for staging
US abdomen: does not meet criteria for simple cyst
Bone scan, CT chest, MRI, PET for distant metastasis

Therapy
Partial/ complete nephrectomy biopsy (diagnostic and therapeutic)
Thermal ablation (cryotherapy)

Prognosis 5 year survival rate


Stage I >90%
Stage II 75-95%
Stage III 59-70%
Stage IV <10%, median survivor of 16-20 months
IgA Nephropathy
Present with hematuria within 12-72 hours of a (usually) Upper Respiratory
Tract Infection (synpharingitic hematuria). Visible/ non visible hematuria
with proteinuria.
Peak incidence is between 20s-40s, leads to CKD in 25 years. Hypertension and
heavy proteinuria may occur in advance state.

Etiology
IgA deposition in glomerular mesangium
No evidence of a role for any specific antigen

Diagnostic
Immunofluorescence and immuneperoxidase studies for IgA deposits
o Benign if absence of proteinuria, hypertension or decreased GFR.
o Severe if proteinuria >500-1000 mg/day, elevated serum
creatinine, hypertension.

Therapy
If benign monitor every 6-12 mo for sign of progression
If severe primarily aid at reducing proteinuria and optimizing BP
o ACEi or ARB optimizing BP and reducing proteinuria
o Fish oil
o Very severe Immunosuppressive agents
o Renal transplant if already progressed to CKD
Thin Basement Membrane Nephropathy
Hematuria with normal renal function, no or minimal proteinuria. Thinned
GBM on electron microscopy.
Most common cause of persistent hematuria in children and adult.

Etiology
Defect in type IV collagen

Diagnostic
Renal biopsy if proteinuria 200-300 mg/ day
Electron microscopy if no proteinuria, normal renal function
Immunohistochemical to distinguish TBMN with early Alport syndrome

Therapy
BP goal <130/80 mmHg
ACEi if proteinuria >1 g/ day

Prognosis : excellent

Infection related GN
New onset of Nephritic syndrome (hematuria, proteinuria, edema,
hypertension), AKI and infection.

Epidemiology
Post streptococcal GN occurs in children
Immunocompromising comorbidities DM, alcoholism.

Etiology
Mostly associated with Streptococcal pharyngitis and impetigo
In children 1-2 wks after pharyngitis and 2-4 wks after impetigo

Diagnostic
ASTO for streptococcal infection
Hypocomplementemia C3 and C4
Adult may have nephrotic range proteinuria, hematuria RBC cast, while
older adult may have sign of volume overload (increased JVP, S3, edema,
pulmo crackles)
Biopsy is recommended in adult

Therapy
Children Supportive
Adults
o Treat underlying infection
o Antihypertensive, diuretics and sodium restriction for managing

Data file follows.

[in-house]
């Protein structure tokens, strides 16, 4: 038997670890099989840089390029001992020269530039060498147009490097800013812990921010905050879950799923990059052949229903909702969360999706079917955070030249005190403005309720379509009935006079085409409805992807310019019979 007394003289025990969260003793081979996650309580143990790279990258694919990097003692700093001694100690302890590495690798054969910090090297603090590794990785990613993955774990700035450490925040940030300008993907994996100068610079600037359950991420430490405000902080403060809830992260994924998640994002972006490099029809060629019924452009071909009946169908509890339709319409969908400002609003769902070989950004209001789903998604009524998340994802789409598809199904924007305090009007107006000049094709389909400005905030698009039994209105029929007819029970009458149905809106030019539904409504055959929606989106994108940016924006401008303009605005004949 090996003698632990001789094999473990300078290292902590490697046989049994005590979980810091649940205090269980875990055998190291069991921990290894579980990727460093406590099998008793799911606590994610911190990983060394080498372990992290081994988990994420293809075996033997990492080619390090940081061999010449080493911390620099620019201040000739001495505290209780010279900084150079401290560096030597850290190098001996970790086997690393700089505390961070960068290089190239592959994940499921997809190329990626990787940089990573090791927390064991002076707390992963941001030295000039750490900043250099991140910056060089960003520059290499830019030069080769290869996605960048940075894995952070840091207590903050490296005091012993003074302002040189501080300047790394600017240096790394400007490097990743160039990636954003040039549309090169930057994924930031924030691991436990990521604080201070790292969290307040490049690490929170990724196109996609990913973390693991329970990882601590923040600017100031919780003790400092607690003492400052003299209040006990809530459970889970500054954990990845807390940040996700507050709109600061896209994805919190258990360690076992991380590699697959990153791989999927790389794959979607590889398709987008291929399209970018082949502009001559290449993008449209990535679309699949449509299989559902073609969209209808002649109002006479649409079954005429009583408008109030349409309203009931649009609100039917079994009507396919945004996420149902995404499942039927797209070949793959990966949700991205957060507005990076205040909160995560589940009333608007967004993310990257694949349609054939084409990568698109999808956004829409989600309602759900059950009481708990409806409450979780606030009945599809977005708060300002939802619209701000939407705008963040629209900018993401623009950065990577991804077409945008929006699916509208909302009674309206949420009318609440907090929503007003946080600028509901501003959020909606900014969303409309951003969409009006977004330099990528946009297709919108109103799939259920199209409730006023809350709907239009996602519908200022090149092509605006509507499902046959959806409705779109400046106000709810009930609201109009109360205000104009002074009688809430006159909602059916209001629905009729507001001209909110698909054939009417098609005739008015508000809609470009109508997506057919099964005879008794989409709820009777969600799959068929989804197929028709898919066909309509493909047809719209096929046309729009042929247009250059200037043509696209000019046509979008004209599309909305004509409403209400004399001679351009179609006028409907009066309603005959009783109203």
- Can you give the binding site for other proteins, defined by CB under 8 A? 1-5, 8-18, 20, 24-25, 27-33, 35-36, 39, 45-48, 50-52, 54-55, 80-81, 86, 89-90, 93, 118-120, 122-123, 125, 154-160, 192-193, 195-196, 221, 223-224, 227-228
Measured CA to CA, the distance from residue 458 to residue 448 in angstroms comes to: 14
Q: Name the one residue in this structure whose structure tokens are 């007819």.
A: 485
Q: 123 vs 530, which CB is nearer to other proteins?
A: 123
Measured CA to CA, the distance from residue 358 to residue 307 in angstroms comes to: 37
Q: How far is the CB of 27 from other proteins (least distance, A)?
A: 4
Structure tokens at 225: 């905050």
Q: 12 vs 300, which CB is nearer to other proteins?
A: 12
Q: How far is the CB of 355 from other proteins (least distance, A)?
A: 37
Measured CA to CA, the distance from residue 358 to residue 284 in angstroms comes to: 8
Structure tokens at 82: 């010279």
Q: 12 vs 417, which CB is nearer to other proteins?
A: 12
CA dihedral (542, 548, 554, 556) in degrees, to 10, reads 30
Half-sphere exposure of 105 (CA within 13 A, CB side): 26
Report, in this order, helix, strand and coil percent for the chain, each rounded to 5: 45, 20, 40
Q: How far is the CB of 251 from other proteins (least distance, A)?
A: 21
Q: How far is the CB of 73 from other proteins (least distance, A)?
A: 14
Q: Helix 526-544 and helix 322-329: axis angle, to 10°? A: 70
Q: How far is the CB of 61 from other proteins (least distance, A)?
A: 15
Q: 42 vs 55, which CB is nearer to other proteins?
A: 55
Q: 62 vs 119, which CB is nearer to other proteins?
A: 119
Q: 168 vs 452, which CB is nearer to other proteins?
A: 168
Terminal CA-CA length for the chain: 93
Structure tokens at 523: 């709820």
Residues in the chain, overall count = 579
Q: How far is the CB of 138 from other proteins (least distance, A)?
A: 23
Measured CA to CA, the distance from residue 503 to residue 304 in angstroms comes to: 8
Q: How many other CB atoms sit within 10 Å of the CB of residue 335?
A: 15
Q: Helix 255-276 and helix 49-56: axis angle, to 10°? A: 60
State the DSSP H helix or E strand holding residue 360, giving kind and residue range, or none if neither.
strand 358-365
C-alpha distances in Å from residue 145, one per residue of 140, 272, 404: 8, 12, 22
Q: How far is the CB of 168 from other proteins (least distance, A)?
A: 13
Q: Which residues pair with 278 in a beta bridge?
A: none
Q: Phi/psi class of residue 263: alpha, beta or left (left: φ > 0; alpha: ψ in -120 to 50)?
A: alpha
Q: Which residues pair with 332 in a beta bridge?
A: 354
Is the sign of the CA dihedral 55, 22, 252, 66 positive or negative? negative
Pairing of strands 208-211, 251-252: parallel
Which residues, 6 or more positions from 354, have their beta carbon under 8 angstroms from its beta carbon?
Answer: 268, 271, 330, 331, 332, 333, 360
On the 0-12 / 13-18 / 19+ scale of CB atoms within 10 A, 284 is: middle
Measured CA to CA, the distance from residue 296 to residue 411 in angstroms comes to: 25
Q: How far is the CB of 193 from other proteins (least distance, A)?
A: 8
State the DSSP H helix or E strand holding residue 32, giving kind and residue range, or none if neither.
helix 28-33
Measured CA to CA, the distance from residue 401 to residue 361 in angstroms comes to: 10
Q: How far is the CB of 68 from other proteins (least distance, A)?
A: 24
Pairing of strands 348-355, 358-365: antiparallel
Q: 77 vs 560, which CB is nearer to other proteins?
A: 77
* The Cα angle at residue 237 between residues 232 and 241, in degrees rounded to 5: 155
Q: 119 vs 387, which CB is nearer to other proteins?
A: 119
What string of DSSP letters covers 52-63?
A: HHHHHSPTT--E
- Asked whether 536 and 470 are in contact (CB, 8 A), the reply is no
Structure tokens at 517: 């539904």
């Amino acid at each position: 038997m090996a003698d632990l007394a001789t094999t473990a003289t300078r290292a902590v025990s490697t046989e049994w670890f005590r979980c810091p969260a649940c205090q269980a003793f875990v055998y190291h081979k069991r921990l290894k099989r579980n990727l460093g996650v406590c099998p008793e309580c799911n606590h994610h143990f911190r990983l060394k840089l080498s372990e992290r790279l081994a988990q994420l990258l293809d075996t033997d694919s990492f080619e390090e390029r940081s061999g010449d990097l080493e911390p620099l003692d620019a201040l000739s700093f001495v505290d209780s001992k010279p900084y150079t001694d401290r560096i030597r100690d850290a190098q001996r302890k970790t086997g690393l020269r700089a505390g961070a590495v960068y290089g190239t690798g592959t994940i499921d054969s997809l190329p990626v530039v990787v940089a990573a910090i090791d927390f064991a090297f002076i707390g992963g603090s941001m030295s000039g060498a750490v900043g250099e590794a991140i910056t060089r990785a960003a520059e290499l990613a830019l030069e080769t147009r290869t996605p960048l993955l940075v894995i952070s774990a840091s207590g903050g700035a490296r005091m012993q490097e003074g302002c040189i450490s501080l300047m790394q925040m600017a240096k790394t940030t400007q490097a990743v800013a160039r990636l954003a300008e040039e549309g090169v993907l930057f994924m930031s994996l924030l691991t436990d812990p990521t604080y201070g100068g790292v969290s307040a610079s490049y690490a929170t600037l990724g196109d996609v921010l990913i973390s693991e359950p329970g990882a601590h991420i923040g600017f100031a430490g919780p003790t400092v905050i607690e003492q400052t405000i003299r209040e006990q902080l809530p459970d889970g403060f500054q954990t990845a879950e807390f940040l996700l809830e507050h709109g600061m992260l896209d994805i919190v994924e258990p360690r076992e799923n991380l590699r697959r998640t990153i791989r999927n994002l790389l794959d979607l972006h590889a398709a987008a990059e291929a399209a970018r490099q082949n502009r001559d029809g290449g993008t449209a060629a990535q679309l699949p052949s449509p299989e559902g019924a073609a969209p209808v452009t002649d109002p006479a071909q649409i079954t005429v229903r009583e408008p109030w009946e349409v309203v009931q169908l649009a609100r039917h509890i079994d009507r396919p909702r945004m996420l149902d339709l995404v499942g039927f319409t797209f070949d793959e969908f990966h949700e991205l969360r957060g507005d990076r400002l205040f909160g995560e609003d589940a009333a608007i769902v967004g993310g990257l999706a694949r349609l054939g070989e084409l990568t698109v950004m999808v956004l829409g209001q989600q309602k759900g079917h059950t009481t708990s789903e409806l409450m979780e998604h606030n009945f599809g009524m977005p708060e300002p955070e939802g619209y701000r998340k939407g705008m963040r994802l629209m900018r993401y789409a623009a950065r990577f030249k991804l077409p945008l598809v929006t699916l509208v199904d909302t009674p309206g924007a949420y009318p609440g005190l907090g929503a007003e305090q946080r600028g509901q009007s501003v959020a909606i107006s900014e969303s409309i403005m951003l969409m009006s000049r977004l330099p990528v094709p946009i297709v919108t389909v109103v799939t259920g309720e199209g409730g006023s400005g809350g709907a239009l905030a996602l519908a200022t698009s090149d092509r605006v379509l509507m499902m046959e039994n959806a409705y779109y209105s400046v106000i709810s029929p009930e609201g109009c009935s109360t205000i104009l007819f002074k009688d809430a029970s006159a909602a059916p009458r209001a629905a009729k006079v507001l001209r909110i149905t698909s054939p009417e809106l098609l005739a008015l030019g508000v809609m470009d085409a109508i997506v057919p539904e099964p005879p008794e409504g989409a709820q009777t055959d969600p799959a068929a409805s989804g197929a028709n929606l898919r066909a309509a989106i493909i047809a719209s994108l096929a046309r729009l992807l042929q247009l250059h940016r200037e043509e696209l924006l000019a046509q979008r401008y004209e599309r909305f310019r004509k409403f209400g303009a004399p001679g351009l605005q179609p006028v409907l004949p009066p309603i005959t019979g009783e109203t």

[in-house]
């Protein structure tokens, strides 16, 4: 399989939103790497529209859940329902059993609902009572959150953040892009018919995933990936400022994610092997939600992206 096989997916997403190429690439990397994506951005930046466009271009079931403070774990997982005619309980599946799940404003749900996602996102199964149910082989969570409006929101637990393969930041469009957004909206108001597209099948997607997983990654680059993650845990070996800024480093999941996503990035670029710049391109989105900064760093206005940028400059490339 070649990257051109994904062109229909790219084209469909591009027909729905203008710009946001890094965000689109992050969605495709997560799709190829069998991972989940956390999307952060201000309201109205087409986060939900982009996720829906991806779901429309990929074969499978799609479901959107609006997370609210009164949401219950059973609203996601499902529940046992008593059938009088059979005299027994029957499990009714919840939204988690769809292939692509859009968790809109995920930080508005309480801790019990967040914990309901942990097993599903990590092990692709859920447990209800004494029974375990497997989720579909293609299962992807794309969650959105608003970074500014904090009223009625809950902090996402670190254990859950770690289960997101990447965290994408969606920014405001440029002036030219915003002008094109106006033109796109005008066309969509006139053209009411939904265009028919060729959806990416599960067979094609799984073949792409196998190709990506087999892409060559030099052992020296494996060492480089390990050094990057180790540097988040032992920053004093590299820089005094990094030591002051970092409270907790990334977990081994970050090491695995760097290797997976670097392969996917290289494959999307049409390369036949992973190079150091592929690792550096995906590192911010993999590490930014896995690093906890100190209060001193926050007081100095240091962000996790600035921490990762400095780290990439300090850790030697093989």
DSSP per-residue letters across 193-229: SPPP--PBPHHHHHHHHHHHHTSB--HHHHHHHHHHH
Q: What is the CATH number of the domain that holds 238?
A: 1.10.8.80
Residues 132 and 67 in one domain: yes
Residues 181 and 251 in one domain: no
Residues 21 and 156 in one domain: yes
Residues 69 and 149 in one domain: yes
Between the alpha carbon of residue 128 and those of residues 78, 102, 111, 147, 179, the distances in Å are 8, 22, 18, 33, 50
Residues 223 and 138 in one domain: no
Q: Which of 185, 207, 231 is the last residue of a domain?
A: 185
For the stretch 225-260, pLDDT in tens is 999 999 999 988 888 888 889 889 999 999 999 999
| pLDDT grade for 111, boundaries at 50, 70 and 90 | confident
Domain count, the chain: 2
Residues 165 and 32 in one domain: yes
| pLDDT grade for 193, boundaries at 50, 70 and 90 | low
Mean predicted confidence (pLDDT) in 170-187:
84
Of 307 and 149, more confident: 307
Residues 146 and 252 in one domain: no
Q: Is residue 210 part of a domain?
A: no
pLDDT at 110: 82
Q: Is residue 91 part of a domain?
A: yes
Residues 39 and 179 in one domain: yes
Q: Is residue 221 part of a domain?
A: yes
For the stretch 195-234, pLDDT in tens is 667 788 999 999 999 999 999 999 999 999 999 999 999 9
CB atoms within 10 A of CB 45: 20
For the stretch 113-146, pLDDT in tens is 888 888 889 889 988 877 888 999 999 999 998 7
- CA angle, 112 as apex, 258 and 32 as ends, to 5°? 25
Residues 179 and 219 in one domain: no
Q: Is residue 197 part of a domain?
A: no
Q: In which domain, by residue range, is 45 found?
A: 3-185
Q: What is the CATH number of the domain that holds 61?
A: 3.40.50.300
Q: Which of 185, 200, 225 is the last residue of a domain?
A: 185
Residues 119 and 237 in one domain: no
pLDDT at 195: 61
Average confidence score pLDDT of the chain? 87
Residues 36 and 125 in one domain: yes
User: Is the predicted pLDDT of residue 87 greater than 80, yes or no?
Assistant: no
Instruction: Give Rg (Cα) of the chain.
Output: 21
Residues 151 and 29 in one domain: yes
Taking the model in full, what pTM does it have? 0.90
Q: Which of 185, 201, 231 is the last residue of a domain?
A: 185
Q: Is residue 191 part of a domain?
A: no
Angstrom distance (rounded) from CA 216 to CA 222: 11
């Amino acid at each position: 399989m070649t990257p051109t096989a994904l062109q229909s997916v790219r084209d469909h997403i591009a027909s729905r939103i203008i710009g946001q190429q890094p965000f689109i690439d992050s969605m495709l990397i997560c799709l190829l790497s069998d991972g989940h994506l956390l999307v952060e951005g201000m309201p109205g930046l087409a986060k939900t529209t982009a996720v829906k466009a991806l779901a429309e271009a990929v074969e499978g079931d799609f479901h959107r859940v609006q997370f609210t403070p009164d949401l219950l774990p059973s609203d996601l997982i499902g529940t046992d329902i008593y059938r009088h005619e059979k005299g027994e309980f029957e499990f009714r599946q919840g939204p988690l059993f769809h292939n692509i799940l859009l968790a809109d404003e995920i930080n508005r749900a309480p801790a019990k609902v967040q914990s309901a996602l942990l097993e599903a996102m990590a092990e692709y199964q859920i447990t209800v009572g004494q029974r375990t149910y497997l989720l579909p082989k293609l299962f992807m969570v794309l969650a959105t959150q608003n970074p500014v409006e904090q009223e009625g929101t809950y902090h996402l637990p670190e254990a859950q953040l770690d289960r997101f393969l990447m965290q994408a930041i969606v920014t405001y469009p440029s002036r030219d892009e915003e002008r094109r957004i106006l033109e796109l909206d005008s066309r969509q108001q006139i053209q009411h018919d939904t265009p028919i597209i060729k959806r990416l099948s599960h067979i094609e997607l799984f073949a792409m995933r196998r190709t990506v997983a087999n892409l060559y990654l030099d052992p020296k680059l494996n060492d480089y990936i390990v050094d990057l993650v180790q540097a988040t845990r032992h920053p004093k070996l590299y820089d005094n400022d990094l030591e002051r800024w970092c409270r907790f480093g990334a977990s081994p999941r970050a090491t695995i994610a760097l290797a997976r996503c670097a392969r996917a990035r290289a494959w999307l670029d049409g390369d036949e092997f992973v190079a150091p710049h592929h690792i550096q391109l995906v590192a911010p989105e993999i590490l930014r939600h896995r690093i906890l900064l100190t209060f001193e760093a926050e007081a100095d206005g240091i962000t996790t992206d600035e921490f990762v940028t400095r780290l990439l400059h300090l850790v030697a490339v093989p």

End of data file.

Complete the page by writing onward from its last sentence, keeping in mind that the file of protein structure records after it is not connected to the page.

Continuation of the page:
nephritic complication

Prognosis
Complete recovery in children
Adult CKD

Nephrolithiasis
Rapid onset of excrutiating back and flank pain radiate to abdomen and
groin. Increasing pain with movement, associated with nausea, vomiting, dysuria
and urinary frequency.

Etiology
Stones because of supersaturation in urine precipitation and crystallization
Calcium oxalate 75% (hypercalcemic, hyperPTH, excess sodium intake)
Calcium phosphate (sama kayak Ca oxalate)
Uric acid (excess dietary purines, MPD, uricosuric agents, metabolic
syndrome)
Proteus mirabillis struvite formation

Complication
Ureteral obstruction
Pyelonephritis
Sepsis
Renal failure
Diagnostic
CT scan non contrast
US for pregnant woman
Hematuria

Therapy
Pain control NSAID/ Opidoid
Hydration oral/ IV
Uncontrolled pain, nausea and vomiting, AKI hospitalize
Sepsis : Broad spectrum Abx and drainage via nephrostomy
Stone passage
o Nifedipine and tamsulosine
o Lithotripsy
Prevention
o Reducing phosphate containing soft drinks
o Stop thiazide, citrate supplementation, allopurinol

BPH
Urgency frequency, nocturia, urge incontinence, stress incontinence, hesitancy,
poor flow, straining, dysuria
Diagnostic using DRE
Therapy
Diuretics
Moderate to severe : Alpha bloker (terasozin, doxasozin) + 5alpha RI
(finasteride), or phosphodiesterase inhibitor (tadalafil)

Prostatitis
Abdominal pain, recent UTI, fever, chills, urinary retention, recent prostate
biopsy
Ascending infection through reflux of urine to prostate through ejaculatory/
prostate ducts.
Eti
Ecoli, kleb, proteus, pseudomonas
STD chlamidya
Diagnostic
DRE, urinalysis and culture, PSA.
If abscess occur CT, MRI, TRUS.
Renal function
Therapy
First line Fluoroquinolone, TMP SMX 3-4 wks
Supportive : pain reliever and stool softener
Abscess drainage

Alport Syndrome